Enable ALPM:

echo SATA_ALPM_ENABLE=true | sudo tee /etc/pm/config.d/sata_alpm

We are trying to pin down hardware where this passes and fails, so please contribute to the ALPM testing page

Enable i915 Framebuffer Compression

Framebuffer compression reduces the memory bandwidth on screen refereshes and depending on the image in the framebuffer can reduce power consumption. LessWatts has reported this will save ~0.6 Watts where as testing on a Lenovo X220 Sandybridge has shown savings less than this, so your mileage may vary. This option again is not enabled by default as on some hardware framebuffer compression causes artifacts when repainting when using compositer. Some users report this breaks when using Unity 3D.

To enable, edit /etc/default/grub (you need superuser privilege to do this)

change:

GRUB_CMDLINE_LINUX_DEFAULT="quiet splash"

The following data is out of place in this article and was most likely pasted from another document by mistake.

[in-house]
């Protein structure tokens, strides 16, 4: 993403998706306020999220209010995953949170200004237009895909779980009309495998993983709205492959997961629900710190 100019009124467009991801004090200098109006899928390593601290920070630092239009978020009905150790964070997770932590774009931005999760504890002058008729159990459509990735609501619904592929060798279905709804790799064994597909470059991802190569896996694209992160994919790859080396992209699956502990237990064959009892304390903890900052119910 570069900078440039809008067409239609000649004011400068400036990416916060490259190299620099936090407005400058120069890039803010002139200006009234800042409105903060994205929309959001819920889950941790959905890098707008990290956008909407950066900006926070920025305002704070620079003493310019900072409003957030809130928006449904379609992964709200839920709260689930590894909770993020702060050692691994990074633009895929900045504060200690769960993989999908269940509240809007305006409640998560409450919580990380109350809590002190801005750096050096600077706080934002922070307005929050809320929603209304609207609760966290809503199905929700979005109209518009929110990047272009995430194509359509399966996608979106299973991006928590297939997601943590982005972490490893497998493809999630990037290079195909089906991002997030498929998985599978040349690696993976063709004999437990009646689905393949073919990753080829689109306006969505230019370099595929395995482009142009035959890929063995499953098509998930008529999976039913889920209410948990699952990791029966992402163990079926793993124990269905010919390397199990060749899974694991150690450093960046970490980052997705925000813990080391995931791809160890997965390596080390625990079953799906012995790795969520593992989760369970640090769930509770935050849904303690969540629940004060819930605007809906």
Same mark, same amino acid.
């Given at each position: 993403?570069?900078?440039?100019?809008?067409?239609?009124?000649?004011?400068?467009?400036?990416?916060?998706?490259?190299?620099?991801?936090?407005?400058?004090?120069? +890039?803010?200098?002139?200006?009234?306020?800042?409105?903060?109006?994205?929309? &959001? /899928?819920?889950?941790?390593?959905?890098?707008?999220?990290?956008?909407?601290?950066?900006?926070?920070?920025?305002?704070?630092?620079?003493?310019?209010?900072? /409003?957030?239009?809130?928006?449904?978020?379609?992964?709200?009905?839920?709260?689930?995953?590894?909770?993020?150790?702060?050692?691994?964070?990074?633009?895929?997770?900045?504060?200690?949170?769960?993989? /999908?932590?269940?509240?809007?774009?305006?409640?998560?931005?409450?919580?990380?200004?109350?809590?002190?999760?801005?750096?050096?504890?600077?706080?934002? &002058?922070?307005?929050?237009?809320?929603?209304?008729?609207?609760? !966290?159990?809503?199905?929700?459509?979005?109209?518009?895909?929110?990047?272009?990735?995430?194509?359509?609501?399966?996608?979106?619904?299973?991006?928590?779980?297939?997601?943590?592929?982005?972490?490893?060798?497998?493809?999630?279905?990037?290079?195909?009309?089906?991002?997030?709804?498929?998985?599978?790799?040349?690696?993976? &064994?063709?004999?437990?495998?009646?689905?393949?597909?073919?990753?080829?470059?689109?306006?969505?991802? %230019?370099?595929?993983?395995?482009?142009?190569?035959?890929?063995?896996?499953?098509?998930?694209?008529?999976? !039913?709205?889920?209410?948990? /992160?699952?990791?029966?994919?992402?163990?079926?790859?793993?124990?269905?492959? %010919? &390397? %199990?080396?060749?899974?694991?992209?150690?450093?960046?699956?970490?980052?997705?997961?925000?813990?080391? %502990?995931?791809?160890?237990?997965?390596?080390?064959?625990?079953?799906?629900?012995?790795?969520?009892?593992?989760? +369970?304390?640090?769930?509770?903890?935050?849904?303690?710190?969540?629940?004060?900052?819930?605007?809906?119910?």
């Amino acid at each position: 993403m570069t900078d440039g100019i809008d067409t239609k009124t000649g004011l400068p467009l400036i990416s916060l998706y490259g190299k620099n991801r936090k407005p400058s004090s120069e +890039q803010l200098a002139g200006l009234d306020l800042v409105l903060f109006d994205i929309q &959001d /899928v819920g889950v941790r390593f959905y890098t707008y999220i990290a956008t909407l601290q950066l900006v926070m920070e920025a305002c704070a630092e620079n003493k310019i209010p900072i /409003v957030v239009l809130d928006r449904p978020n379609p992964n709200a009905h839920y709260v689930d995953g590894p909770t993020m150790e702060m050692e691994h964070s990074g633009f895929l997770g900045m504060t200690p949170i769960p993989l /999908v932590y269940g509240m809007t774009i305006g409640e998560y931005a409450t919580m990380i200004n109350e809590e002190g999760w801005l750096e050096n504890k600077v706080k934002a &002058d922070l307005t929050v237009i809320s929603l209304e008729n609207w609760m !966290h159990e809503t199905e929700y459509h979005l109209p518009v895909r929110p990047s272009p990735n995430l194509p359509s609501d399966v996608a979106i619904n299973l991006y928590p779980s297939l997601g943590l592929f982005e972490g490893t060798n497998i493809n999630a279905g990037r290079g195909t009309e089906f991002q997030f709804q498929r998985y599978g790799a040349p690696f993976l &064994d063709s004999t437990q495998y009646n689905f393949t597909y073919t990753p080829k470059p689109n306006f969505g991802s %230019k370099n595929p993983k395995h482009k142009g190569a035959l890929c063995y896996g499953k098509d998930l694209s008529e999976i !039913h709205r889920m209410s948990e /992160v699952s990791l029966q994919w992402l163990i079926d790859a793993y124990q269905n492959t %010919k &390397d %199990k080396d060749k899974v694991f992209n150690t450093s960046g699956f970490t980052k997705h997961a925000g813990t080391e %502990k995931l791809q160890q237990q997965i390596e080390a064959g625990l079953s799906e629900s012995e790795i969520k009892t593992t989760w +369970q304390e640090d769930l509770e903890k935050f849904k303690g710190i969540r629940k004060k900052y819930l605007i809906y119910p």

to:

GRUB_CMDLINE_LINUX_DEFAULT="quiet splash i915.i915_enable_fbc=1"

and run:

sudo update-grub

Enable i915 LVDS Downclocking

This kernel option will down-clock the LVDS refresh rate, and this in theory will save power. For systems that do not support LVDS down-clocking the screen can flicker. Also, power measurments on various i915 hardware have shown that this saving is marginal, typically ~0.1 Watt.

To enable, edit /etc/default/grub (you need superuser privilege to do this)

change:

GRUB_CMDLINE_LINUX_DEFAULT="quiet splash" 

to:

GRUB_CMDLINE_LINUX_DEFAULT="quiet splash i915.lvds_downclock=1"

and run:

sudo update-grub

Disable Unused Bluetooth Devices

Although enabled by default, wireless devices such as Bluetooth may not be used on a day to day basis. If you do not require Bluetooth (for example you aren't using a Bluetooth headset or keyboard) you can safeless turn off BlueTooth and save ~1-2W. Left click on the Bluetooth icon on the top right of the desktop and select "Turn off Bluetooth".